Of course it is not all about Turks. There is now talk of how, should Britain leave the EU, the next vote for Scottish independence may be successful, and we could live in a future where Scotland is in the EU, and England is its own truncated island. The Belfast Telegraph reports " 'Unprecedented' demand for Irish passports from British as polls indicate Brexit EU referendum result." The projections are so fantastical that one almost wishes for a Brexit. It is a brave new world.
Only less than a week is left before the vote, and the Turkish threat propaganda persists, as there is hardly a day without one of the usual papers or politicians warning the public about the Huns. What I personally thought has been missing from the debate is how the Muslim community, or indeed, the Turkish community in the U.K. feels about the Brexit campaign. Turks in Turkey are mostly blissfully unaware of the demonization they have been subjected to in these past few weeks. It is Ramadan and school vacation time, and they are busy planning holidays. Many of them will stay in the country and some - but remember, some of the 70 million is still a good number - will venture abroad. Most will choose countries that require either no visa, or countries that do not charge an arm and a leg for a visa like the U.K. does - countries that may actually, like anyone who can do math, be happy that 12 million Turks will be coming to their country to spend money.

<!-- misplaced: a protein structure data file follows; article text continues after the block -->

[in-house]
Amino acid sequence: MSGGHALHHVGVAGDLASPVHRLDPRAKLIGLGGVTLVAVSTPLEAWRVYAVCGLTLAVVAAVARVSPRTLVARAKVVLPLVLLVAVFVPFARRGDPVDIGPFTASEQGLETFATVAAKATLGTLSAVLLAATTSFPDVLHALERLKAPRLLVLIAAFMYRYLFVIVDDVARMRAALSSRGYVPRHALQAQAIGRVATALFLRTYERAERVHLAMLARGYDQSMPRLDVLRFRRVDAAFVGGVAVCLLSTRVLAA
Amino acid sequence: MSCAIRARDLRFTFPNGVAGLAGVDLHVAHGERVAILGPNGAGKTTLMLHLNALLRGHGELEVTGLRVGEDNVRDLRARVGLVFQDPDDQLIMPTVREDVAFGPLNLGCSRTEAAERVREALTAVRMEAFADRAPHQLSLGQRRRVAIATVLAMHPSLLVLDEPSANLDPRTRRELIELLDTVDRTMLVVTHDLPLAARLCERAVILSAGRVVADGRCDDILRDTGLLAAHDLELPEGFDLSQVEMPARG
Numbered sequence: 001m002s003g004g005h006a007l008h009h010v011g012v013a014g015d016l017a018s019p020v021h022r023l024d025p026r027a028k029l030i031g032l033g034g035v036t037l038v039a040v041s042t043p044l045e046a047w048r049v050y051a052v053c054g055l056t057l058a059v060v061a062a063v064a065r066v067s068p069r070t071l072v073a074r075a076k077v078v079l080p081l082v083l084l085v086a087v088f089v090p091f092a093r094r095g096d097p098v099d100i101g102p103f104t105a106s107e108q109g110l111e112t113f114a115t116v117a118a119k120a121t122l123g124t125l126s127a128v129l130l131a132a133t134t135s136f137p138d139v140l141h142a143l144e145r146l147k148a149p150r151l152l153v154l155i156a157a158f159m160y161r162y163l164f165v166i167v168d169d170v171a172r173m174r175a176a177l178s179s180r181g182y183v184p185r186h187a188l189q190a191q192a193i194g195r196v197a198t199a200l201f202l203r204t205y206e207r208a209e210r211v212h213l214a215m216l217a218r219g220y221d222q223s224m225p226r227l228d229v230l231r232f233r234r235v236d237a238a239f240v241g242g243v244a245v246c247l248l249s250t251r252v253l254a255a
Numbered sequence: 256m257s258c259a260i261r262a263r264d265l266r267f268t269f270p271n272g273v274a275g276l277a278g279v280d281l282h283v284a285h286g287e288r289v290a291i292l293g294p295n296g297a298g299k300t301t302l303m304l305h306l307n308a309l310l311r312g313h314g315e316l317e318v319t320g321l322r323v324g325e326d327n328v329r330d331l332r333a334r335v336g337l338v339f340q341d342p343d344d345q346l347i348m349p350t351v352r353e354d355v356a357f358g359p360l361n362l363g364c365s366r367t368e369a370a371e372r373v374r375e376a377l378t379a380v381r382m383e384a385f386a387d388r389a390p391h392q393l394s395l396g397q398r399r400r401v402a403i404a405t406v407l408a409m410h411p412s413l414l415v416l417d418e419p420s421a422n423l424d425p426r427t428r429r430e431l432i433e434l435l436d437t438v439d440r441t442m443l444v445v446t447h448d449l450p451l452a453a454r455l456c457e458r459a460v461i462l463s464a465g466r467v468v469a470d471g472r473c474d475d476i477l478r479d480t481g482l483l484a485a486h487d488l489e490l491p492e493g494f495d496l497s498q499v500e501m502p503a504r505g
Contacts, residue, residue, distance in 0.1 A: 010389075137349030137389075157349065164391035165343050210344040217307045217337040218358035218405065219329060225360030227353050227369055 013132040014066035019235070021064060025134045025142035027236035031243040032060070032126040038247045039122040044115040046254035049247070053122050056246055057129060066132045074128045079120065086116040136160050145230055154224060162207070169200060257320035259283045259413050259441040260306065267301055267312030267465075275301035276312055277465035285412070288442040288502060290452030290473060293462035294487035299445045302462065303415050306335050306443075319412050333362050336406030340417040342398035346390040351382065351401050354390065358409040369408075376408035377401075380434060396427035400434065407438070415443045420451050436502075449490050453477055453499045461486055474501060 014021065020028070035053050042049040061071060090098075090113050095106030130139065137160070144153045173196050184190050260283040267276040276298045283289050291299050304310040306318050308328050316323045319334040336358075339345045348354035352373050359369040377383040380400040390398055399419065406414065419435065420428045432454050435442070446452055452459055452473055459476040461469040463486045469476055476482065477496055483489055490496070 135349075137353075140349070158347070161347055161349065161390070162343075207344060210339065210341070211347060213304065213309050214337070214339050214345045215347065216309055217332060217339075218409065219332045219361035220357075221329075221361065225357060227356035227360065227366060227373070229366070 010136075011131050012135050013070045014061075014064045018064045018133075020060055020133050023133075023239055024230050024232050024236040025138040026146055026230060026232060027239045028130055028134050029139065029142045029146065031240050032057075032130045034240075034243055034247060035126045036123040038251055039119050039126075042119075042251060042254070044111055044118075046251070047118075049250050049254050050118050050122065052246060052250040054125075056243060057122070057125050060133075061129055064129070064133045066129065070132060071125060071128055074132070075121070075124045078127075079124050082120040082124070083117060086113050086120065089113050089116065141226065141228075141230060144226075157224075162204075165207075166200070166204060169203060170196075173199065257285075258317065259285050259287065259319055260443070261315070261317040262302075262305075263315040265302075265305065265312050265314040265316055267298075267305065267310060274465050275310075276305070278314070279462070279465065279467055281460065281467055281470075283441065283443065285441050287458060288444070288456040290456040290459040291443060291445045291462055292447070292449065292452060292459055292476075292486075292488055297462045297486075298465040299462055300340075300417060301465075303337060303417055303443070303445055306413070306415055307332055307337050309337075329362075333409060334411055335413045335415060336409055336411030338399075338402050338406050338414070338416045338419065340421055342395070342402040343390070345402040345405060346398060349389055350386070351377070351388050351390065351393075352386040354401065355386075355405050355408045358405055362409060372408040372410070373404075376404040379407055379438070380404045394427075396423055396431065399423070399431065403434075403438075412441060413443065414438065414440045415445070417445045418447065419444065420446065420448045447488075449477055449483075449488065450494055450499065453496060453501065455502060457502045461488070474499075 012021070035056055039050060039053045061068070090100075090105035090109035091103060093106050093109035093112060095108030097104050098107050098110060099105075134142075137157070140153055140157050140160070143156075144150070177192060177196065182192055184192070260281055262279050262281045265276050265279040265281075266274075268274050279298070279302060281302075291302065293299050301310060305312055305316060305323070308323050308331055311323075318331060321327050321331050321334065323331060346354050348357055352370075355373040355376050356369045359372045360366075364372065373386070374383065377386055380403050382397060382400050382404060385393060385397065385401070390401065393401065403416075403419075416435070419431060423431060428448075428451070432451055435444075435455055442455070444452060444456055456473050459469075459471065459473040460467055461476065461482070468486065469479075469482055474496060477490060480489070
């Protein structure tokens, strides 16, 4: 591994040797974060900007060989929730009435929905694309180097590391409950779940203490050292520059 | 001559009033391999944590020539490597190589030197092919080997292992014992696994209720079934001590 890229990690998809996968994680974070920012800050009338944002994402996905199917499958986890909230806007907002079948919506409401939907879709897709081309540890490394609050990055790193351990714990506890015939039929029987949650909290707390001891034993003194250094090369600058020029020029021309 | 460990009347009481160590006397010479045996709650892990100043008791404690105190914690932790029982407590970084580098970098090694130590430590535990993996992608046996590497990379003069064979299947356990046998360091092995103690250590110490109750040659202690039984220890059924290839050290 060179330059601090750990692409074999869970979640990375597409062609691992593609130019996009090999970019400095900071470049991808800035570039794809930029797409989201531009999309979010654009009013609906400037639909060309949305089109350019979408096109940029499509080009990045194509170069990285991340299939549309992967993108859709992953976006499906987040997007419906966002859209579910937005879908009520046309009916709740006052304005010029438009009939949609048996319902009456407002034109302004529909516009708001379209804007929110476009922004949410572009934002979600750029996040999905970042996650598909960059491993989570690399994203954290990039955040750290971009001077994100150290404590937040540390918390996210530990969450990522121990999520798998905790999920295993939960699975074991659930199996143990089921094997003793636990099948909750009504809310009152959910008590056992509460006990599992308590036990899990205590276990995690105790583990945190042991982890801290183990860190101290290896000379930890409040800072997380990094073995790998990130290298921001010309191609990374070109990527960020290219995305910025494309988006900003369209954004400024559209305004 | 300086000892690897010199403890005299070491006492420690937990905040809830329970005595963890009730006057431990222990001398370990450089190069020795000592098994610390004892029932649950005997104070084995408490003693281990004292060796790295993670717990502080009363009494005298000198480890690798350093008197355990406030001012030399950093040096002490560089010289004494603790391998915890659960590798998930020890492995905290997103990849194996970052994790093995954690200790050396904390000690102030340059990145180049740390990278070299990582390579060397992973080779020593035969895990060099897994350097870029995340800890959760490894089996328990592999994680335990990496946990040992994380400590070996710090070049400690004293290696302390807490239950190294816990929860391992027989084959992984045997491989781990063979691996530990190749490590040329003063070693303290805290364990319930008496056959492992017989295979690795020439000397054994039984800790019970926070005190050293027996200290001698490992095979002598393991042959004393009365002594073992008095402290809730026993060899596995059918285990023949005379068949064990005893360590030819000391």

* Assistant Professor at Fatih Sultan Mehmet University